helen-of-troy.

rtf

4/2/07 1:45 PM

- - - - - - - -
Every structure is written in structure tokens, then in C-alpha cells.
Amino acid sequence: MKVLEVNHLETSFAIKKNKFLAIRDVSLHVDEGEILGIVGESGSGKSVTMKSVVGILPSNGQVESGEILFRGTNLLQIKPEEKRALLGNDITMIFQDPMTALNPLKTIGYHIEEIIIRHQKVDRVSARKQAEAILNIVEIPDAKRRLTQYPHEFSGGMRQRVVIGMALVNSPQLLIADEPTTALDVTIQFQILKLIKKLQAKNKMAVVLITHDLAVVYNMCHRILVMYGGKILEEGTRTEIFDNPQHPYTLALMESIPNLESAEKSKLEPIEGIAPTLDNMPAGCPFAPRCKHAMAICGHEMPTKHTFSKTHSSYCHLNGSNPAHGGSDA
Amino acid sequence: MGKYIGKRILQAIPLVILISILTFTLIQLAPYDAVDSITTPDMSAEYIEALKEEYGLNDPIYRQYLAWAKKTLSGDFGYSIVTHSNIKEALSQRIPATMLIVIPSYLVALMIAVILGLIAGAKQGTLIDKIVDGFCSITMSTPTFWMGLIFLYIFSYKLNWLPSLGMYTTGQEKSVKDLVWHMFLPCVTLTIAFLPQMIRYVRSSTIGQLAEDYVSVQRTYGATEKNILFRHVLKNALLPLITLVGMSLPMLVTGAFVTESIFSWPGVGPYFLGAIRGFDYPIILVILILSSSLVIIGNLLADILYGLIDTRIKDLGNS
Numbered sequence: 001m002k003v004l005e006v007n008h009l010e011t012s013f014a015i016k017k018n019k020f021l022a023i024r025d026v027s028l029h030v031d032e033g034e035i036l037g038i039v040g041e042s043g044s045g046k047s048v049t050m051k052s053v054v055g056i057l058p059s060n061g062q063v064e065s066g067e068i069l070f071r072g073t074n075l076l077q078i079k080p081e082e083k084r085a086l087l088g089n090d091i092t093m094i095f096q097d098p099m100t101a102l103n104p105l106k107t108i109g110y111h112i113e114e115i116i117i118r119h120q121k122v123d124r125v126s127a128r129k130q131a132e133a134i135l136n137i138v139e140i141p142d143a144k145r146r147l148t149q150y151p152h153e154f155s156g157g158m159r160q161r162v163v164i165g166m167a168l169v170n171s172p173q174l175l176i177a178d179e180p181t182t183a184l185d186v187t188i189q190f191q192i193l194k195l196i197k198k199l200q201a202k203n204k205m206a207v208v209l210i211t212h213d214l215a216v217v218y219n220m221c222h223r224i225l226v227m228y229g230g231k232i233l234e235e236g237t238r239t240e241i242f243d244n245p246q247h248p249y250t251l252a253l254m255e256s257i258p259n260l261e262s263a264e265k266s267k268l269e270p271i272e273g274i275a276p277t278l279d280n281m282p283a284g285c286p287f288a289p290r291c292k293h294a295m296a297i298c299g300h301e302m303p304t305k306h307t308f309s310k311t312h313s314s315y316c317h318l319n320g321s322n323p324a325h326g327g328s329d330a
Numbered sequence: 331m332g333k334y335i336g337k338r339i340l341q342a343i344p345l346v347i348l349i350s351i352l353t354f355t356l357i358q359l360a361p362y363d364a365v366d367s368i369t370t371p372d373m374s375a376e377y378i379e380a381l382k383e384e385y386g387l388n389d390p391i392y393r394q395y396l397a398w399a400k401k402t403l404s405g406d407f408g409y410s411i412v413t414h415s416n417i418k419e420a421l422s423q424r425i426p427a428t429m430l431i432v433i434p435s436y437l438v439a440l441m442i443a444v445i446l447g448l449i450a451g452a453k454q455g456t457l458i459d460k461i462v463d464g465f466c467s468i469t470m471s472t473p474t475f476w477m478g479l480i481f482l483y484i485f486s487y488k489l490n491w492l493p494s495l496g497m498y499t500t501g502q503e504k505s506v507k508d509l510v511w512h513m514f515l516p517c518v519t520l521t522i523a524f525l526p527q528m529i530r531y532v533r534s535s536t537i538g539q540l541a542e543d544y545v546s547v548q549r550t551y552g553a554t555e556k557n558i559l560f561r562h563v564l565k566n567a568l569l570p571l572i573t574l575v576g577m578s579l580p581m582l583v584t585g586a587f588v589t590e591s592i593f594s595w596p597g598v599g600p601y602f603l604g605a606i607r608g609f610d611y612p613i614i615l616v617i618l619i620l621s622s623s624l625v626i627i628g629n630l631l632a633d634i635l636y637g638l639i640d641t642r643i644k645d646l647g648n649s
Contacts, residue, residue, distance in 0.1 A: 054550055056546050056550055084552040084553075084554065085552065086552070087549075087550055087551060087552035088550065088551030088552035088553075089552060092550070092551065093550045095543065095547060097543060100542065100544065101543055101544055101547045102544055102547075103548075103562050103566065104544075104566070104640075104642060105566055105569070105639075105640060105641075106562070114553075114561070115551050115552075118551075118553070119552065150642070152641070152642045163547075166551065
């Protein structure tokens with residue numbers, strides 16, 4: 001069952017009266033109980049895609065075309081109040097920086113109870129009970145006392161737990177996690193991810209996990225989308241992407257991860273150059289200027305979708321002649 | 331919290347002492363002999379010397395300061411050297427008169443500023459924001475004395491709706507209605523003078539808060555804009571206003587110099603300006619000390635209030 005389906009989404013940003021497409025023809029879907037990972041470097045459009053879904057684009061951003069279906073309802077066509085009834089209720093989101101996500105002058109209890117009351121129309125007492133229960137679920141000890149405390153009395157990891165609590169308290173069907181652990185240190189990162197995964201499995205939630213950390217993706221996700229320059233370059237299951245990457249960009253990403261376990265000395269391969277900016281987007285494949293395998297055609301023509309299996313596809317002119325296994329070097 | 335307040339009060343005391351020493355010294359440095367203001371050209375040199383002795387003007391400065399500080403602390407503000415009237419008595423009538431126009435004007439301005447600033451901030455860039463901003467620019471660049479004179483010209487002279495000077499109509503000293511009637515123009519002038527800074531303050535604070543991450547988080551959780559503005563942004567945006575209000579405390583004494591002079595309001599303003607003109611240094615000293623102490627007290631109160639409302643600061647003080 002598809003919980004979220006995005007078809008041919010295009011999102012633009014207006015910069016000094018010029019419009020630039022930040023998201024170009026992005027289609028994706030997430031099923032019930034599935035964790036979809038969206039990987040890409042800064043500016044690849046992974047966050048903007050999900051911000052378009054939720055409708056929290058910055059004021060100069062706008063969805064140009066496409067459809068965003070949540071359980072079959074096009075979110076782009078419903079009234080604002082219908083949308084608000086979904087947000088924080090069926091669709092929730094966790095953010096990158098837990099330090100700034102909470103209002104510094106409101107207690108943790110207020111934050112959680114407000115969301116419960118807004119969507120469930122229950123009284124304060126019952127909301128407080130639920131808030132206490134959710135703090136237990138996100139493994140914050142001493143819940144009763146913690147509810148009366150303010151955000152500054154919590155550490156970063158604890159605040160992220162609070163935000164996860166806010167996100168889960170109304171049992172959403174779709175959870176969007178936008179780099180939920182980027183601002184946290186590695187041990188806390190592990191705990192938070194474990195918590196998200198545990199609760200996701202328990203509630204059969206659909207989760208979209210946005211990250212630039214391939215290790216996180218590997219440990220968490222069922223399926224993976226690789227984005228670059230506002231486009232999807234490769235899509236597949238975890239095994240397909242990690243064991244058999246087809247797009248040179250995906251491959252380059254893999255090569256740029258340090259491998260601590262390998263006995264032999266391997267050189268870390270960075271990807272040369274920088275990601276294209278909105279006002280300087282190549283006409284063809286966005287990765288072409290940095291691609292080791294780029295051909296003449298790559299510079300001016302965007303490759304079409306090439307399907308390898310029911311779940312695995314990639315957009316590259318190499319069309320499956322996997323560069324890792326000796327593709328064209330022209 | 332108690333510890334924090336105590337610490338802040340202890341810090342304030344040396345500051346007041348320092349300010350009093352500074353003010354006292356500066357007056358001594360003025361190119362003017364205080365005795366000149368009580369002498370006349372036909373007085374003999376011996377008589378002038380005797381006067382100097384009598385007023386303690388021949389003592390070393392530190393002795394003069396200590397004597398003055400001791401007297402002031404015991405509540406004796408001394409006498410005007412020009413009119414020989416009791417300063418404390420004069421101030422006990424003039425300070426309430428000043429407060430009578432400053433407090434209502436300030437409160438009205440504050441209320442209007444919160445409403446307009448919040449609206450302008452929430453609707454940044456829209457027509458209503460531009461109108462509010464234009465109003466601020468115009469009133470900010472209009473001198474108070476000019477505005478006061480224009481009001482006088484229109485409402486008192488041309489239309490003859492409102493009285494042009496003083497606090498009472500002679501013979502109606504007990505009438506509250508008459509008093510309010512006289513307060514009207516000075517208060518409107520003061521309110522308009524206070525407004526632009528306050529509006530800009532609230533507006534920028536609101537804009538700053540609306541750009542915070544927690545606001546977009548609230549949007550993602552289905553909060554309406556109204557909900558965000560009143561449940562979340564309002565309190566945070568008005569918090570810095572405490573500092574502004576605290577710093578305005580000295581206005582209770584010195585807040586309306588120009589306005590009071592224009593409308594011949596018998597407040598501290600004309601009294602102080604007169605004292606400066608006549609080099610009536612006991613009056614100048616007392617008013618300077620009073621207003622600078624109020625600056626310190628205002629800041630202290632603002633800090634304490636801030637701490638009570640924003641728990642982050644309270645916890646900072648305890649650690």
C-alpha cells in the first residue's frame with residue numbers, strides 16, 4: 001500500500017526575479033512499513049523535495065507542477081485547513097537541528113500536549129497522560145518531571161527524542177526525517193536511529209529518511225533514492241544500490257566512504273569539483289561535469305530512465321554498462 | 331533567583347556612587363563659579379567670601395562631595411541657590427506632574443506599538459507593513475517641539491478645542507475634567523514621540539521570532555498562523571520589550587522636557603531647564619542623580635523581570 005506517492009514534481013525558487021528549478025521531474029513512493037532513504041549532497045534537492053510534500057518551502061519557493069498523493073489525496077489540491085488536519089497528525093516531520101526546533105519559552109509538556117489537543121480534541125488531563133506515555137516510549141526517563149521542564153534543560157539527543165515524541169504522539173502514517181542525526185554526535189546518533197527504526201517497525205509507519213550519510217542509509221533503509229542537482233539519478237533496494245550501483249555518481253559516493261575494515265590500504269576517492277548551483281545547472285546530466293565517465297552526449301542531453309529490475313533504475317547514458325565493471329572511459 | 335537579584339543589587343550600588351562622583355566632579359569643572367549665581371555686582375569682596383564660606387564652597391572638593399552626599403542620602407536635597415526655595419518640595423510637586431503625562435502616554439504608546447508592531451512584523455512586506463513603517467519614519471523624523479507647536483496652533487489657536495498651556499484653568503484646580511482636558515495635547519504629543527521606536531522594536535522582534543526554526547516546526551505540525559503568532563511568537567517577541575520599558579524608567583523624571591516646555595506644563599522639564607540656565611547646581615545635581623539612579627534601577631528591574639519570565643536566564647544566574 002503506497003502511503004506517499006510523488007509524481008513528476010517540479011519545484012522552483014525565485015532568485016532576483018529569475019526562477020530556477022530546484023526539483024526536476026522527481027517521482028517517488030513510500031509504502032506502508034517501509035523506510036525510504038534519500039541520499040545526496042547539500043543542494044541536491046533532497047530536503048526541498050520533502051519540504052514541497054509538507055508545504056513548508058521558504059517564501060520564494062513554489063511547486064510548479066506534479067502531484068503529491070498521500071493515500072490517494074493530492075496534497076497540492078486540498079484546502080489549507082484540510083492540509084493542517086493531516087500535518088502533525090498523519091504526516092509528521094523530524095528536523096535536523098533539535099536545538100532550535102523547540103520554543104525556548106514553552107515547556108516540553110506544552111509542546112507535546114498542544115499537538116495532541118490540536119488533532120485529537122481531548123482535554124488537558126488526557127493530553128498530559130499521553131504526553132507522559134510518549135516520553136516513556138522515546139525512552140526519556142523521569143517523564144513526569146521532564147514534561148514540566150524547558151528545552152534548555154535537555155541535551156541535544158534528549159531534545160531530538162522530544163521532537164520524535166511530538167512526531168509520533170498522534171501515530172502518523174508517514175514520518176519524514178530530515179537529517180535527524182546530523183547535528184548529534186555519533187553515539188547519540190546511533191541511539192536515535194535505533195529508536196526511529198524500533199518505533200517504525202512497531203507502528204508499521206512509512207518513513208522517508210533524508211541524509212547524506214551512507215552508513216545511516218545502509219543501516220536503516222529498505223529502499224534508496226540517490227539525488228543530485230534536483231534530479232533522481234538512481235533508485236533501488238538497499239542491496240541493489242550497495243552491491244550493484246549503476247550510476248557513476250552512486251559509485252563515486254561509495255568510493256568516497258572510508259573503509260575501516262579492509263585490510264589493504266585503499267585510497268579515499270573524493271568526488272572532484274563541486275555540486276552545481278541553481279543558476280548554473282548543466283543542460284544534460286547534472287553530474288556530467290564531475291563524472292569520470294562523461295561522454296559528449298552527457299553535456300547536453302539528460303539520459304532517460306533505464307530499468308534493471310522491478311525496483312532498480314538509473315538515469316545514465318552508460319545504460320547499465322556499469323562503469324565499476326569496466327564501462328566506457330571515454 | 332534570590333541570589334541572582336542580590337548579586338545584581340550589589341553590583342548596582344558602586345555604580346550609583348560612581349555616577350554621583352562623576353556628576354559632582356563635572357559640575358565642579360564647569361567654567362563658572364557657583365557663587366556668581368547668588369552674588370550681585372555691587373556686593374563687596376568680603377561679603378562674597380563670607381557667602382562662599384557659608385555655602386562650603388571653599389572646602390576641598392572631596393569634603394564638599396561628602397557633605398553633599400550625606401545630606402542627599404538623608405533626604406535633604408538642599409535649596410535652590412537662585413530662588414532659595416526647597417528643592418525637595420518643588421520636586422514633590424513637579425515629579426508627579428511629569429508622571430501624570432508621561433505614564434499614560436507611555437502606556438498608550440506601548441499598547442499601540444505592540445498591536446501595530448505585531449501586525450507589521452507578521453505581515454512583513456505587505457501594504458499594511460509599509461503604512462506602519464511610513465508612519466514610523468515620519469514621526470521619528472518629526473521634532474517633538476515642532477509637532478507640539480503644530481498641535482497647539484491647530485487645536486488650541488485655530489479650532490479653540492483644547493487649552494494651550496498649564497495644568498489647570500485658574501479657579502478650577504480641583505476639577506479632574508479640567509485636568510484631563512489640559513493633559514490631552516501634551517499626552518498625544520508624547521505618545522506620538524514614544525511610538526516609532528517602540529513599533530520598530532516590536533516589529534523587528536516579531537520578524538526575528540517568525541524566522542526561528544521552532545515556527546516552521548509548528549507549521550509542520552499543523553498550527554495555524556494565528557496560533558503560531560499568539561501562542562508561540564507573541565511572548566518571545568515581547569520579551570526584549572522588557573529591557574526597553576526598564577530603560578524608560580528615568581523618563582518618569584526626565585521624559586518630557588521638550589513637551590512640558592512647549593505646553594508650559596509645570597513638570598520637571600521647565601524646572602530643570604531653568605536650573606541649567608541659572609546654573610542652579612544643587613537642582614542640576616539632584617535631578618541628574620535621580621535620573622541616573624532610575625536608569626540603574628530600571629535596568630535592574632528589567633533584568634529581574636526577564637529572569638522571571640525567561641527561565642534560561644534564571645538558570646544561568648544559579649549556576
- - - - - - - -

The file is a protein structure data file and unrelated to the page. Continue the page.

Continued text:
dylan roscover | ap lang 3rd | 2 mar 2007 Essay on Helen of Troy It becomes apparent at first glance that these poems look nothing alike. Though both poets speak of Helen of Troy, Poe begins his first line comparing her beauty with a "perfumed sea," whilst Doolittle engages his first in Greece's stunning hatrid toward her. From the beginning to the end of each, between glory and ill, "Holy-land" and "funeral cypresses," Poe composes an unexpectedly pleasant point of view, while Doolittle views this beauty, Helen, in a far more mecobre light. The most noticeable distinction between these pieces is of course diction. Poe chooses lengthy, drawn-out natural nouns to describe Helen, comparing her to exotic shores, flower-like hair, and fresh air. he spares no expense in painting a picture of pleasantness and tranquility, inviting the reader to come along and experience this brilliant beauty. just as Helen has "brought (him) home to the glory (of) Greece and the grandeur (of) Rome." Doolittle, on the other hand, seemingly presents a warning message to the reader, as if implying "beware of this mass deception." With words of great subtlty, Doolittle tip-toes across his language, observing how though Helen may be "God's daughter" with "cool feet" and "slender" knees," she'd be better off dead. This builds great suspense and awe in the reader's eyes: unlike Poe, who just expounds what's on his mind, Doolittle reserves himself till the end to unleash his full hatred for the beauty. Even Poe begins his piece openly and directly: "Helen, thy..." Doolittle instead hints at "eyes in the white face," never once using her name in his poem. Furthermore, Poe is very proper and considerate of his subject, indenting his pretty lines all neatly and even addressing the title of his poem, "To Helen," quite unlike Doolittle, who seems too caught up in contempt to care about any of that petty, insignificant rubbish.

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